So, PR pros and journalists, what would you add? What can help PR students understand what they REALLY need to know about AP style?

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In the public relations courses that I’ve taught over the years, it seems as though one of the biggest struggles for the students is writing using Associated Press style.

Why is learning AP style so important? PR practitioner Sandra Hernandez offers this:

PR writers really need to know the things that make them effective. I learned to write in AP in college, because it was necessary to pass the class. I continued to write in AP because I found that what I send to media had a better response rate when written in AP. 

To help students learn more about AP style, I sought feedback from a variety of public relations practitioners and faculty members, trying to come up with a list of what PR writers REALLY need to know (cold, without even looking in the AP Stylebook) about AP style.

The most helpful advice came from colleagues on PR OpenMic, a social network for PR students, faculty and practitioners. (See the individual responses I received in the PR OpenMic PR Writing Discussion Forum.) Additional helpful advice came from colleagues on Twitter, including Kristie Aylett and Claire Celsi.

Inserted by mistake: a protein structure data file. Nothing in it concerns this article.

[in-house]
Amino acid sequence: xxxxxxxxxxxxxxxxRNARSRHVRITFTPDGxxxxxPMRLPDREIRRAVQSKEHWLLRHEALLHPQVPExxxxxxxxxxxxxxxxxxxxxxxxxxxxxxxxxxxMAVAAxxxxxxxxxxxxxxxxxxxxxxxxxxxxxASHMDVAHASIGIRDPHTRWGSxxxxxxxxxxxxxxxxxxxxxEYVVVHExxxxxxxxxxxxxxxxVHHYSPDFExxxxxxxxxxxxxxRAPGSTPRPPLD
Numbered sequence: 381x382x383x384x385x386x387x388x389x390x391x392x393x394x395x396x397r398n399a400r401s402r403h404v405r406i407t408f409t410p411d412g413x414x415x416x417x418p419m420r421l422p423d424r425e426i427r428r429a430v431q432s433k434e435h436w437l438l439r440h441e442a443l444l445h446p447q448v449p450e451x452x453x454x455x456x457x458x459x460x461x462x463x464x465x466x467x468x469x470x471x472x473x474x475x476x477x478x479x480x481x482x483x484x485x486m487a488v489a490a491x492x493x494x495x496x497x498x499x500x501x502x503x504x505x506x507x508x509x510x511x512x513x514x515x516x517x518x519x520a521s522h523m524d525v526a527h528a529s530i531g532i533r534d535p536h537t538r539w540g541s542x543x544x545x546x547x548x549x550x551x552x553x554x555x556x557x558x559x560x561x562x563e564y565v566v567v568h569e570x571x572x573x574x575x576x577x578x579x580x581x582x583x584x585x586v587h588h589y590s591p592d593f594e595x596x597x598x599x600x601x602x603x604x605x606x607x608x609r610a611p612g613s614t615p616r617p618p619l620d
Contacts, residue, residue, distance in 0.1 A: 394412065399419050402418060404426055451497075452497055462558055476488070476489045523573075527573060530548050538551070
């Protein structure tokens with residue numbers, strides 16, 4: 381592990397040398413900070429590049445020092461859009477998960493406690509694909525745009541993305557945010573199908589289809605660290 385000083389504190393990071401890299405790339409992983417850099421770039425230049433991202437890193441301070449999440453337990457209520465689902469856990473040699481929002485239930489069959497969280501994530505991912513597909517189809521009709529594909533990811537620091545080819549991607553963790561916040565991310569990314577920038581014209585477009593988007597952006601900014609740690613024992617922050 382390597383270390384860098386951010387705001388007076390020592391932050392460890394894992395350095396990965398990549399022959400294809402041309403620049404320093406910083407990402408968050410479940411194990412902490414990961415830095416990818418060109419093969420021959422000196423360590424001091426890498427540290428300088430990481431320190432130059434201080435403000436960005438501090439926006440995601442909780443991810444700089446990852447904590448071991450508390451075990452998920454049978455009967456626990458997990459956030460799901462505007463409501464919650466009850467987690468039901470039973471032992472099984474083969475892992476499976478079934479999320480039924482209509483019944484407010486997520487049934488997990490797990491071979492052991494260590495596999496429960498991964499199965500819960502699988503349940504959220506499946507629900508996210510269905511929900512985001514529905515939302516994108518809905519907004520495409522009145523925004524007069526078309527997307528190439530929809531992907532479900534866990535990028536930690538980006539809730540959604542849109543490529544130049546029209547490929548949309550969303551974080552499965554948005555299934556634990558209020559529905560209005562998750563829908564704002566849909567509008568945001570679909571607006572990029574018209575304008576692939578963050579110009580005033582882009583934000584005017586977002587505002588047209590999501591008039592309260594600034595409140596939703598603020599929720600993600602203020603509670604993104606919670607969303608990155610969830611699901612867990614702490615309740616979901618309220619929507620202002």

The most important (and sometimes confusing) parts of AP Style for PR writers are:

  • dates (especially when to abbreviate)
  • addresses (especially when to abbreviate)
  • names (when to use titles, etc.)
  • numerals (when to spell out, when to use digits)
  • datelines (which cities need to be identified with their states)

Many PR writers can also benefit from brushing up on standard grammar. My favorite site for general grammar advice is Mignon Fogarty’s Grammar Girl. Consider subscribing to Grammar Girl’s podcast through iTunes.

Additionally, I found several websites that help my students with AP Style see my Delicious bookmarks on AP style, and I posted a Quick Guide to Associated Press Style